Sharing this viewpoint, Richard Gordon, practice vice president for semiconductors and electronics at Gartner, said that while China may focus on “using its semiconductor industry to service its own internal consumption more in future” it is unlikely that “they [China] will stop throwing money at the problem, but the bigger issue is that it requires expertise and time, and it will take a very long time.” With the US-China competition picking up, Taiwan finds itself at centre-stage with the Taiwan Semiconductor Manufacturing Company (TSMC), which produces the chips that companies like Apple, Qualcomm, Broadcom, Arm and Nvidia design. TSMC produces 84 percent of the most advanced chips globally.
New U.S. Regulations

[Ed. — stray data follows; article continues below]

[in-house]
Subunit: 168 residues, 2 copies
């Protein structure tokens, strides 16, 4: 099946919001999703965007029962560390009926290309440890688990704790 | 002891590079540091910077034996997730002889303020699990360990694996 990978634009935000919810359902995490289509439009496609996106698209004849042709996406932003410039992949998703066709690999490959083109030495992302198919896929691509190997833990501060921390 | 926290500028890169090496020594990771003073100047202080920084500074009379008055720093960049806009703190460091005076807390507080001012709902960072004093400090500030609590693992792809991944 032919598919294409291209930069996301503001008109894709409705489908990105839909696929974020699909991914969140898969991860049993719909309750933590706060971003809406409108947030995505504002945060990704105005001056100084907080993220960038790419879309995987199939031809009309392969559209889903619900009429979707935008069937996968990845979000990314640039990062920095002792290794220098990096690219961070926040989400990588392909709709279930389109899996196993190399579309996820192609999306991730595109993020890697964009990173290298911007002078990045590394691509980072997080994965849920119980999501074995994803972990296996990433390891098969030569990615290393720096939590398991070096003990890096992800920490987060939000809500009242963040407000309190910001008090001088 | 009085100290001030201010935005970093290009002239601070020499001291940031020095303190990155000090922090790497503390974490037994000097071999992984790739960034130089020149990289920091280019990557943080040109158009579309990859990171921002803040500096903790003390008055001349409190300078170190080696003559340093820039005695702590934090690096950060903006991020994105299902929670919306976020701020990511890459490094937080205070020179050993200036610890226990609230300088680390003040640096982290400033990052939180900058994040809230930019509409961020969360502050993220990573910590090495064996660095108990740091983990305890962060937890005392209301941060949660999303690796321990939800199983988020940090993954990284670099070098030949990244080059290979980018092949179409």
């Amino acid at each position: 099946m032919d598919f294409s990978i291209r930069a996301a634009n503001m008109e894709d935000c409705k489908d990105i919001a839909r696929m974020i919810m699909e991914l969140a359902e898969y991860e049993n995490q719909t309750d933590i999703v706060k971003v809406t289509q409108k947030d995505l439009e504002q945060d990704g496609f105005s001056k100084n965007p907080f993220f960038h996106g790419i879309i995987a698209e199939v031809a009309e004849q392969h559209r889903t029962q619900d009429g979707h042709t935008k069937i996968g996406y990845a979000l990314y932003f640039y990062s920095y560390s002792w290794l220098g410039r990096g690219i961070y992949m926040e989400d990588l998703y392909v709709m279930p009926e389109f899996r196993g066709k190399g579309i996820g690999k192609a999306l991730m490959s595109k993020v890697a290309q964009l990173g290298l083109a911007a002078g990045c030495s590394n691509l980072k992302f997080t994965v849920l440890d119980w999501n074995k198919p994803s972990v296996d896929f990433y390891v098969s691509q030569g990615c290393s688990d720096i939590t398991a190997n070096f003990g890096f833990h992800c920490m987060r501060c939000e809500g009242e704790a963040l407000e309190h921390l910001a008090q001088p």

The US enforces a number of federal regulations aimed at restricting technology flows. These include the State Department’s International Traffic in Arms Regulations (ITAR), which enforces the Arms Export Control Act (AECA), and the Department of Commerce’s Export Administration Regulations (EAR) implemented by the US Department of Commerce’s Bureau of Industry and Security (BIS). The BIS’ regulated items are contained in the Commerce Control List (CCL).In October 2022, the BIS initiated critical policy changes that involve “additional export controls on certain advanced computing semiconductor chips (chips, advanced computing chips, integrated circuits, or ICs), transactions for supercomputer end-uses, and transactions involving certain entities on the Entity List.” BIS “has also adopted additional controls on certain semiconductor manufacturing items and on transactions for certain IC end use.”